Everyone seems to love to hate Washington, D.C. While many may view the seat of American power as tragically polarized, chief national correspondent for The New York Times Magazine, Mark Leibovich, believes Washington isn’t polarized at all.
In his new book, This Town: Two Parties and a Funeral-Plus— Plenty of Valet Parking!—in America's Gilded Capital, Leibovich delivers vivid, witty, and often stinging portraits of the people who make up the nation’s incestuous “media industrial complex” – the people who both derisively and smugly call Washington “This Town.”
Leibovich’s account is packed with famous names, from the Obamas and the Clintons to Harry Reid, Susan Rice, Colin Powell, Haley Barbour, David Axelrod, Sarah Palin, David Gregory, Andrea Mitchell, Tom Brokaw, Joe Biden, Paul Ryan, Joe Scarborough, Chris Christie and many others.
Jonathan Alter is an analyst and contributing correspondent for NBC News and MSNBC. He is a former senior editor and columnist for Newsweek, where he worked for twenty-eight years, writing more than fifty cover stories.
His new book, The Center Holds, tells the story of one of the most momentous contests in American history, the Battle Royale between President Obama and his enemies from the 2010 midterms through the 2013 inauguration.
She thinks she has a scoop when she obtains a video showing a woman pulling a boy from harm on subway tracks. When the mystery woman appears to be McKenna’s close friend who disappeared a decade earlier, the story becomes increasingly complex.
In Beyond War: Reimagining American Influence in a New Middle East, Pulitzer Prize winning journalist David Rohde distills eleven years of expert reporting into a call for change.
An incisive look at the evolving nature of war, Rohde exposes how a dysfunctional Washington squandered billions on contractors in Iraq and Afghanistan, neglected its true allies in the war on terror and failed to employ its most potent nonmilitary weapons.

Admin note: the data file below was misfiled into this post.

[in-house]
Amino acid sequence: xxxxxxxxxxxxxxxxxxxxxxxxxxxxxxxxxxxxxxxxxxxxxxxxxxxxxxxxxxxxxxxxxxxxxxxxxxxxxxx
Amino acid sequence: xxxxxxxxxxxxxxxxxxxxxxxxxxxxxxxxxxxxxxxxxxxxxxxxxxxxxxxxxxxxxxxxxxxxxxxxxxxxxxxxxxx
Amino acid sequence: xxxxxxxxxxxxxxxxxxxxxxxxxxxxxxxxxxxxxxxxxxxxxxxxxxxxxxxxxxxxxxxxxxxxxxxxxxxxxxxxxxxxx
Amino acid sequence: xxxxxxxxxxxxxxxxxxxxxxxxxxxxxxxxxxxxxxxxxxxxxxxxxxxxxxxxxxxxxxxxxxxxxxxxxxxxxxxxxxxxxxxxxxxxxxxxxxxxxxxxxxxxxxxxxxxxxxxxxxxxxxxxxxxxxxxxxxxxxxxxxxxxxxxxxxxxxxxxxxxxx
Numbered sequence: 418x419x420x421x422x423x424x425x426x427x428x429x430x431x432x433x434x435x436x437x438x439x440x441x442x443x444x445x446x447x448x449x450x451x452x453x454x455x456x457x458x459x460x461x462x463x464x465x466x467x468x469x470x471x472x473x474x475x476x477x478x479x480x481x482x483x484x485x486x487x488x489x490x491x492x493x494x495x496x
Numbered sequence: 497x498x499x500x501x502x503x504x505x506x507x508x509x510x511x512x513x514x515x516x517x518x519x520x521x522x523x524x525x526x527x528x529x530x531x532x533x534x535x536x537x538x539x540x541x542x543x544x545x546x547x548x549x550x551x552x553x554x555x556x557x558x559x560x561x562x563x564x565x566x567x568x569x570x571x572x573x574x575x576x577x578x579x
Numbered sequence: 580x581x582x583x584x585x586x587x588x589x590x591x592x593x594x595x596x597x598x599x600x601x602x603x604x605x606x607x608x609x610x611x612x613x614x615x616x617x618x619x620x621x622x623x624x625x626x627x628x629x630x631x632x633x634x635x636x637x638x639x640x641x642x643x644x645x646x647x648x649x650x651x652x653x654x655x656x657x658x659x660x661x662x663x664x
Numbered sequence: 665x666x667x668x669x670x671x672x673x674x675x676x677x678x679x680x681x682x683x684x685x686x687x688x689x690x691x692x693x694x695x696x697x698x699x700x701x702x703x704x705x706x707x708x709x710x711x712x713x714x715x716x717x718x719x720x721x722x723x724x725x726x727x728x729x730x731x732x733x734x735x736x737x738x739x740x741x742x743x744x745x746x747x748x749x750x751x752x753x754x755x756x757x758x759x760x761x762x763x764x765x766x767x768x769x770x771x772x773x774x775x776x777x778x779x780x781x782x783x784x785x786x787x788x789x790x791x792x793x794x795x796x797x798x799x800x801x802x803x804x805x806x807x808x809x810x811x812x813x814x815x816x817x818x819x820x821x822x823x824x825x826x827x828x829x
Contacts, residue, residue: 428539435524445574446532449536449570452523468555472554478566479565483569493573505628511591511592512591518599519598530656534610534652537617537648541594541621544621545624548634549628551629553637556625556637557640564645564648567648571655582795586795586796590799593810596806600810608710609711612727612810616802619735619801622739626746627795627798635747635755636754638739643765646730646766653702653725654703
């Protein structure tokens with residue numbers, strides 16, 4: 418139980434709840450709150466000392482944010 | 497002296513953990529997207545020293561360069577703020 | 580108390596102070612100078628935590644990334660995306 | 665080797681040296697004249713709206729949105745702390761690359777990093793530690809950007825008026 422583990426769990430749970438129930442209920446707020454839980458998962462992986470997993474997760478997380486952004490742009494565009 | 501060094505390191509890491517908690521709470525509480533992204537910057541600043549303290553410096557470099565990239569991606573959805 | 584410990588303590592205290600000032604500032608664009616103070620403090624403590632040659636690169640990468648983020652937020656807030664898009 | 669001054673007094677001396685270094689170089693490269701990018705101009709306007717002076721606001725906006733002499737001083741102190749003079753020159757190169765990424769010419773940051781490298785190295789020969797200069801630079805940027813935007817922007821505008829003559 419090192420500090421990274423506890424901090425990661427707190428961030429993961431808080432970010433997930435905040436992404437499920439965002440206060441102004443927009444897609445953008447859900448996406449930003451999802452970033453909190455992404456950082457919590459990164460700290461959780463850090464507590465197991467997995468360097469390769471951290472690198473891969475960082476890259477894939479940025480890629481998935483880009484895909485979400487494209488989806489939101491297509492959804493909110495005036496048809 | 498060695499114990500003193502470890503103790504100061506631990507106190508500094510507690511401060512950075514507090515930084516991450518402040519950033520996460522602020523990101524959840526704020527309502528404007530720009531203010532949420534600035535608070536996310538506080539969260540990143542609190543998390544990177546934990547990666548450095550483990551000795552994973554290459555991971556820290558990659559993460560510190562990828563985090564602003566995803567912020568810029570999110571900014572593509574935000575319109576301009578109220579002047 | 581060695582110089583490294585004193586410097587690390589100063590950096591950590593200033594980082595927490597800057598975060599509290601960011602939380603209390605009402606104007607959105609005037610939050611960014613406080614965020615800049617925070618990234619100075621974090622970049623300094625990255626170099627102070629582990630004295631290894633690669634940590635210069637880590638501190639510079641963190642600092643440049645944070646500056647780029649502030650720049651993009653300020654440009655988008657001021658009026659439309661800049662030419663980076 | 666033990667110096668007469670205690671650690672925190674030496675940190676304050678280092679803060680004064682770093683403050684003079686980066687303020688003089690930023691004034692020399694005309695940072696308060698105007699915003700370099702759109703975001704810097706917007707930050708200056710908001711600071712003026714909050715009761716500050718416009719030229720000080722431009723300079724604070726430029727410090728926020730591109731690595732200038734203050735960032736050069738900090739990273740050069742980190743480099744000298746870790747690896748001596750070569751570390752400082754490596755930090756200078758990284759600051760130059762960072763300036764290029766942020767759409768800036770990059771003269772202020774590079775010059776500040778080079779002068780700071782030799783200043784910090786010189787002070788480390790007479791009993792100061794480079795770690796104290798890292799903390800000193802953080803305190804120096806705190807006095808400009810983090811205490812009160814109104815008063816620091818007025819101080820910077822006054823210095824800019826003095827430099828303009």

In The Philadelphia Chromosome, journalist Jessica Wapner tells the story of the breakthrough cancer drug Gleevec, which has saved the lives of thousands of patients with chronic myeloid leukemia (CML) and other cancers since the U.S. Food and Drug Administration approved it in 2001.
Clare Balding is an award-winning BBC broadcaster and writer. At the London Olympics of 2012 she was proclaimed a “national treasure.'” She became the face of the BBC’s horse racing coverage in 1998, and now works across a wide range of sports. She will join us to tell tales from her new memoir, My Animals and Other Family.
The author of the acclaimed bestseller and National Book Award finalist, Imperial Life in the Emerald City, tells the startling, behind-the-scenes story of the US’s political and military misadventure in Afghanistan in his new book, Little America: The War Within the War for Afghanistan.
In this meticulously reported and illuminating book, Rajiv Chandrasekaran focuses on southern Afghanistan in the year of President Obama’s surge, and reveals the epic tug of war that occurred between the president and a military that increasingly went its own way.
Today's panelists are: Alan Chartock, George Hearst - Vice President, Associate Publisher, and General Manager of the Times Union, Rex Smith is Editor of the Times Union, and Mike Spain - TU’s Associate Editor.
They join us to discuss the TU's new press and the state of print journalism. Joe Donahue moderates.
As President Barack Obama's Secretary of State, Hillary Clinton, set out to repair America's image around the world—and her own. For the four years she served, BBC foreign correspondent Kim Ghattas had unparalleled access to Clinton and her entourage. She tells the story in The Secretary: A Journey with Hillary Clinton from Beirut to the Heart of American Power.